Another quick recap about the cons of shooting with one eye closed:
- cuts your field of vision in half
- increases time to aim
- more difficult to track movement
Shooting With Both Eyes Open
Now that we’ve discussed the problems and benefits of shooting with a closed eye, lets examine the two eye open method. Although this is my preferred method of shooting, I’m still training even now on doing this effectively.
Pros Of Shooting With Both Eyes Open
Essentially, every con mentioned in the above section is negated when shooting with both eyes open. First, you’ll keep 100% of your peripheral vision intact. Therefore, you can react if you are engaged by another threat coming from your non-dominant eye side.
Next, you’ll be able to attain proper sight picture as you put the muzzle on target. Being able to un-holster your firearm and attain proper sight picture as you push out is the quickest way to engage a threat.
Finally, as we’ve established, tracking movement with one eye closed is more difficult. An assailant is hardly going to stand upright directly in front of your muzzle. Having both eyes open will allow you to better track movement to either your dominant or non-dominant side.
- peripheral vision intact
- obtain sight alignment as you push out to target
- can track movement easier with both eyes open
Cons Of Shooting With Both Eyes Open
The biggest problem with shooting with both eyes open is the time it takes to master this technique. Training your eyes to attain and maintain proper sight picture as you push out toward your target takes an abundance of dedicated practice.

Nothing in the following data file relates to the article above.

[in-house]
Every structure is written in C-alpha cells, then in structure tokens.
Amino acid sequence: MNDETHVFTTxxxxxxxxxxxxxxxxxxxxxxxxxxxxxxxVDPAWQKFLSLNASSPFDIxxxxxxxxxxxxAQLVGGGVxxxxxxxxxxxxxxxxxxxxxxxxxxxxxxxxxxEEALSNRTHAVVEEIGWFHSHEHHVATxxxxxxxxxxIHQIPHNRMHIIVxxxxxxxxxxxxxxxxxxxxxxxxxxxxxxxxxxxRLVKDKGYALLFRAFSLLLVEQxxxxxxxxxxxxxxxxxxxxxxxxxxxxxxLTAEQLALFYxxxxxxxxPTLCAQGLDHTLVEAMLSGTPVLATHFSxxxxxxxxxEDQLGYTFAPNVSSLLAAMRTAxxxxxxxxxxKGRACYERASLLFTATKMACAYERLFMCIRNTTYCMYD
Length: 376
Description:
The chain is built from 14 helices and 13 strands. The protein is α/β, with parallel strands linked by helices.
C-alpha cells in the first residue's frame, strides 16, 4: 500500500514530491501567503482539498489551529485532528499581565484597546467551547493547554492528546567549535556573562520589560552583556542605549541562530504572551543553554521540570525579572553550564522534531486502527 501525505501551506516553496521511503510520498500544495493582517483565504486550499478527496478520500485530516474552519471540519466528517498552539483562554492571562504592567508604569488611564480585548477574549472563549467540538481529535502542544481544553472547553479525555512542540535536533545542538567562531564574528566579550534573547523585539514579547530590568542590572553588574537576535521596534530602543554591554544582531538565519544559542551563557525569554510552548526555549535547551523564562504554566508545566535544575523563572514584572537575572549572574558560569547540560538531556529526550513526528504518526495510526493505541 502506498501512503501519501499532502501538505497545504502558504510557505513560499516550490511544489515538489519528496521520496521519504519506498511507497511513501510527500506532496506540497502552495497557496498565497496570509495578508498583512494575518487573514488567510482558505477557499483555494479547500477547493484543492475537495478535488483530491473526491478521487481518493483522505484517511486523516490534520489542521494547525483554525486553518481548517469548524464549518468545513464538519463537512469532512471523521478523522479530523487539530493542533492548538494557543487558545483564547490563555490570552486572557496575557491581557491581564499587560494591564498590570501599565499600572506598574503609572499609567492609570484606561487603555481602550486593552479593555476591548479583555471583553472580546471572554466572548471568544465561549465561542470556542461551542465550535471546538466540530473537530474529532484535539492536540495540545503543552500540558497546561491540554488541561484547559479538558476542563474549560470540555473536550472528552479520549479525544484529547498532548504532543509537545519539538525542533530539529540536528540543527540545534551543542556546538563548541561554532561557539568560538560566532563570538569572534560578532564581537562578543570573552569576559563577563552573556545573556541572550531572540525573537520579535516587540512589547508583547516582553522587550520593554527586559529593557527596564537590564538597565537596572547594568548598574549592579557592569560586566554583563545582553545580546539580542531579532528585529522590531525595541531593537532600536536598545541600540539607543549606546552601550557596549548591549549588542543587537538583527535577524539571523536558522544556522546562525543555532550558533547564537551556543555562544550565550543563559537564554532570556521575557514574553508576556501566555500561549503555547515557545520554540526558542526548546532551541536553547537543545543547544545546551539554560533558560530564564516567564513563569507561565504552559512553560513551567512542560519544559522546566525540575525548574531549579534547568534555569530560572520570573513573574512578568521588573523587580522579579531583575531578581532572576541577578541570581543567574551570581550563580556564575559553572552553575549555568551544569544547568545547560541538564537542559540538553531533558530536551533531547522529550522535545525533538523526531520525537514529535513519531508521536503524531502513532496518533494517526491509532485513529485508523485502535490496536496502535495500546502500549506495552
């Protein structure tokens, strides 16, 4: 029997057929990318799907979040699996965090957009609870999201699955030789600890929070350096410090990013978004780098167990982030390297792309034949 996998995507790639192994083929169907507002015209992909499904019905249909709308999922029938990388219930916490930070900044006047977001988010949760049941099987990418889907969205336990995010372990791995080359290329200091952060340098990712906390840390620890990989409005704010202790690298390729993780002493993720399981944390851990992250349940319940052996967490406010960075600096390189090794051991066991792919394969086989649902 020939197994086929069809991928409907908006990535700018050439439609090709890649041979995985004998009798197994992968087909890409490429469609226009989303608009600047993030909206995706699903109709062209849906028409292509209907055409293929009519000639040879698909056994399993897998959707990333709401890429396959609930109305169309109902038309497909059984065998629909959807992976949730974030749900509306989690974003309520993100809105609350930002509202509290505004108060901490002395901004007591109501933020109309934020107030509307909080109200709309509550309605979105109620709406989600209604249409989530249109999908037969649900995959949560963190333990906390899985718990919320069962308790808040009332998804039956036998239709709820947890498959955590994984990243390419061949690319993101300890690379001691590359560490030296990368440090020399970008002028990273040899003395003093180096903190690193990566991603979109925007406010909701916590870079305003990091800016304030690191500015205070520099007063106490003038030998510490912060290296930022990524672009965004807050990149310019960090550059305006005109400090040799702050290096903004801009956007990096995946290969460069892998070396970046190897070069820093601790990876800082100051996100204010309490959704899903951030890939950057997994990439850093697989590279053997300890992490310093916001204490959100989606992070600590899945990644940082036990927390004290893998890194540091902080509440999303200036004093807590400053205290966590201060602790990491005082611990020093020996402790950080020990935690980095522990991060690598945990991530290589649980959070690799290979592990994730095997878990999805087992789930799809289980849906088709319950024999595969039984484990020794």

Additionally, maintaining this skill takes continual repetitions. Having lived next to a shooting range in the past (less than 3 miles from door to door), I can honestly say that my abilities were much better when my practice regiment was more regular. Like any muscle, failing to exercise this skill will lead to its degradation.
- extensive practice is required to develop this skill
- skill will expire without continued practice
So Which Method Is Better?
Alright, so lets get down to which method is better. Should you should with one eye closed or both eyes open? If you are a beginner, just learning your way around a firearm then shooting with one eye closed is beneficial. However, if you’re training for personal defense and are a more experienced shooter, then I recommend working on shooting with both eyes open.
Beginner shooters have plenty to think about when they visit the range. Everything from range safety to how to operate the handgun will be running through their mind. Once they are comfortable with shooting in general, then you can introduce a new skill to their arsenal. However, initially work on getting consistent and tight groupings with one eye closed before proceeding.
Experienced and advanced shooters should develop this skill. Those whose main goal is personal defense should be able to shoot effectively with both eyes open. Being aware of your surroundings, analyzing threats, and tracking a moving target are all essential to someone training with a firearm for self defense.
Hopefully this article has provided some insights about the two different methods of shooting. Do you shoot with one eye open or two? Leave a comment below and let me know if I missed anything. Also, if you have any questions, please feel free to ask.